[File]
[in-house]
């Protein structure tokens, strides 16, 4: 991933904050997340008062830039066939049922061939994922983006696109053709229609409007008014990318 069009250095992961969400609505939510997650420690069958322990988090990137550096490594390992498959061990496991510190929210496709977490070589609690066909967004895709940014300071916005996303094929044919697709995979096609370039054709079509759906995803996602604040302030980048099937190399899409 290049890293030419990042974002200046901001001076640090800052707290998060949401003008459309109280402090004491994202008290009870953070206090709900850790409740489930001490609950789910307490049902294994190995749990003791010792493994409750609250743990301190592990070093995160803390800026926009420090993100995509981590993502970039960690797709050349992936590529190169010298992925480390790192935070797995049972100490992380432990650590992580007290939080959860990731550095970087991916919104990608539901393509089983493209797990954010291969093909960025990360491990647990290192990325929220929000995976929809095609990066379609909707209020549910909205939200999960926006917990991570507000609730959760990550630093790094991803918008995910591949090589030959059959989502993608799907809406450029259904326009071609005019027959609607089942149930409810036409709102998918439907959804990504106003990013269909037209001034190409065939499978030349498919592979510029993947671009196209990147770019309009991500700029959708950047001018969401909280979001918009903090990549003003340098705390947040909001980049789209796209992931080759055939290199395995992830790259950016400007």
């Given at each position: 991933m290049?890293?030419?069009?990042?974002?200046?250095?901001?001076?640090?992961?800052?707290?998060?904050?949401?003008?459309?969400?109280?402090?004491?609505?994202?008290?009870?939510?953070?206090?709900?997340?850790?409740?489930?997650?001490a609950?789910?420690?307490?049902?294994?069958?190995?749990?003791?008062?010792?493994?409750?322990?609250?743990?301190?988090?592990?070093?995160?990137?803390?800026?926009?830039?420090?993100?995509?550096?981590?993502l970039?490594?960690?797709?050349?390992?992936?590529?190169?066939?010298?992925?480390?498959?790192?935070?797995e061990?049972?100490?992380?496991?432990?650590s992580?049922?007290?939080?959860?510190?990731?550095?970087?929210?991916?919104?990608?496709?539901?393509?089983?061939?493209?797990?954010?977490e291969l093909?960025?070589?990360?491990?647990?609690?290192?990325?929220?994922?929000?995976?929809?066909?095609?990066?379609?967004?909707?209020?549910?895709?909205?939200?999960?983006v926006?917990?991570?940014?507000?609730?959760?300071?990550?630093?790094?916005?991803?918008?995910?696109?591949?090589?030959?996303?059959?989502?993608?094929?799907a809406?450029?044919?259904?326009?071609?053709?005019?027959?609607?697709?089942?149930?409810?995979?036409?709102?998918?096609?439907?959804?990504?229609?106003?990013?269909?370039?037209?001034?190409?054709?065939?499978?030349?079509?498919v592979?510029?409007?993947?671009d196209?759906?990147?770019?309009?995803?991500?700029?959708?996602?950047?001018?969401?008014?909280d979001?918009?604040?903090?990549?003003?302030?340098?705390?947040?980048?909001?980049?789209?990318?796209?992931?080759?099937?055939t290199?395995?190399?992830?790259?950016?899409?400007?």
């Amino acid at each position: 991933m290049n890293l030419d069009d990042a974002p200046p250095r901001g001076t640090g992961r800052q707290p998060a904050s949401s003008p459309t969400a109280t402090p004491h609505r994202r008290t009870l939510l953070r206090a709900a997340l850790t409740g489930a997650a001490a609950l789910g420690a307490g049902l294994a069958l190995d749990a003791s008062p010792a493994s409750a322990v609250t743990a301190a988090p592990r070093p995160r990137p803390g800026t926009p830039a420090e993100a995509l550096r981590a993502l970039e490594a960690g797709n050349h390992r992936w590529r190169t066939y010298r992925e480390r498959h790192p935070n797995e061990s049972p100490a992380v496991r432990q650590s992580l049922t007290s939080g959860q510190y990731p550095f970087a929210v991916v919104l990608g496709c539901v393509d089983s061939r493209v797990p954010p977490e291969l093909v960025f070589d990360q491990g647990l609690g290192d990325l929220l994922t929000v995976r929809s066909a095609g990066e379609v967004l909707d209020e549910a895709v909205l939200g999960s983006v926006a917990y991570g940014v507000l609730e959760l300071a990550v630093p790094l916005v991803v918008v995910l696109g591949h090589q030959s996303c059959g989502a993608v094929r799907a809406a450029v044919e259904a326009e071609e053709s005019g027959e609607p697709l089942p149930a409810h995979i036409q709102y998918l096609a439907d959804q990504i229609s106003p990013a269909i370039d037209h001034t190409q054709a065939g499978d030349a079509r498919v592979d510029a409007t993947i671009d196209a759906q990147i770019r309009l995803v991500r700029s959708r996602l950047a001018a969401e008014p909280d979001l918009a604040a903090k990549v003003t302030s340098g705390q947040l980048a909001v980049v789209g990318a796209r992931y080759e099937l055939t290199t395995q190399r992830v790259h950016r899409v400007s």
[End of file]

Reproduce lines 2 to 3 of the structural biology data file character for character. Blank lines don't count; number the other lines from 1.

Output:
């Protein structure tokens, strides 16, 4: 991933904050997340008062830039066939049922061939994922983006696109053709229609409007008014990318 069009250095992961969400609505939510997650420690069958322990988090990137550096490594390992498959061990496991510190929210496709977490070589609690066909967004895709940014300071916005996303094929044919697709995979096609370039054709079509759906995803996602604040302030980048099937190399899409 290049890293030419990042974002200046901001001076640090800052707290998060949401003008459309109280402090004491994202008290009870953070206090709900850790409740489930001490609950789910307490049902294994190995749990003791010792493994409750609250743990301190592990070093995160803390800026926009420090993100995509981590993502970039960690797709050349992936590529190169010298992925480390790192935070797995049972100490992380432990650590992580007290939080959860990731550095970087991916919104990608539901393509089983493209797990954010291969093909960025990360491990647990290192990325929220929000995976929809095609990066379609909707209020549910909205939200999960926006917990991570507000609730959760990550630093790094991803918008995910591949090589030959059959989502993608799907809406450029259904326009071609005019027959609607089942149930409810036409709102998918439907959804990504106003990013269909037209001034190409065939499978030349498919592979510029993947671009196209990147770019309009991500700029959708950047001018969401909280979001918009903090990549003003340098705390947040909001980049789209796209992931080759055939290199395995992830790259950016400007």
């Given at each position: 991933m290049?890293?030419?069009?990042?974002?200046?250095?901001?001076?640090?992961?800052?707290?998060?904050?949401?003008?459309?969400?109280?402090?004491?609505?994202?008290?009870?939510?953070?206090?709900?997340?850790?409740?489930?997650?001490a609950?789910?420690?307490?049902?294994?069958?190995?749990?003791?008062?010792?493994?409750?322990?609250?743990?301190?988090?592990?070093?995160?990137?803390?800026?926009?830039?420090?993100?995509?550096?981590?993502l970039?490594?960690?797709?050349?390992?992936?590529?190169?066939?010298?992925?480390?498959?790192?935070?797995e061990?049972?100490?992380?496991?432990?650590s992580?049922?007290?939080?959860?510190?990731?550095?970087?929210?991916?919104?990608?496709?539901?393509?089983?061939?493209?797990?954010?977490e291969l093909?960025?070589?990360?491990?647990?609690?290192?990325?929220?994922?929000?995976?929809?066909?095609?990066?379609?967004?909707?209020?549910?895709?909205?939200?999960?983006v926006?917990?991570?940014?507000?609730?959760?300071?990550?630093?790094?916005?991803?918008?995910?696109?591949?090589?030959?996303?059959?989502?993608?094929?799907a809406?450029?044919?259904?326009?071609?053709?005019?027959?609607?697709?089942?149930?409810?995979?036409?709102?998918?096609?439907?959804?990504?229609?106003?990013?269909?370039?037209?001034?190409?054709?065939?499978?030349?079509?498919v592979?510029?409007?993947?671009d196209?759906?990147?770019?309009?995803?991500?700029?959708?996602?950047?001018?969401?008014?909280d979001?918009?604040?903090?990549?003003?302030?340098?705390?947040?980048?909001?980049?789209?990318?796209?992931?080759?099937?055939t290199?395995?190399?992830?790259?950016?899409?400007?």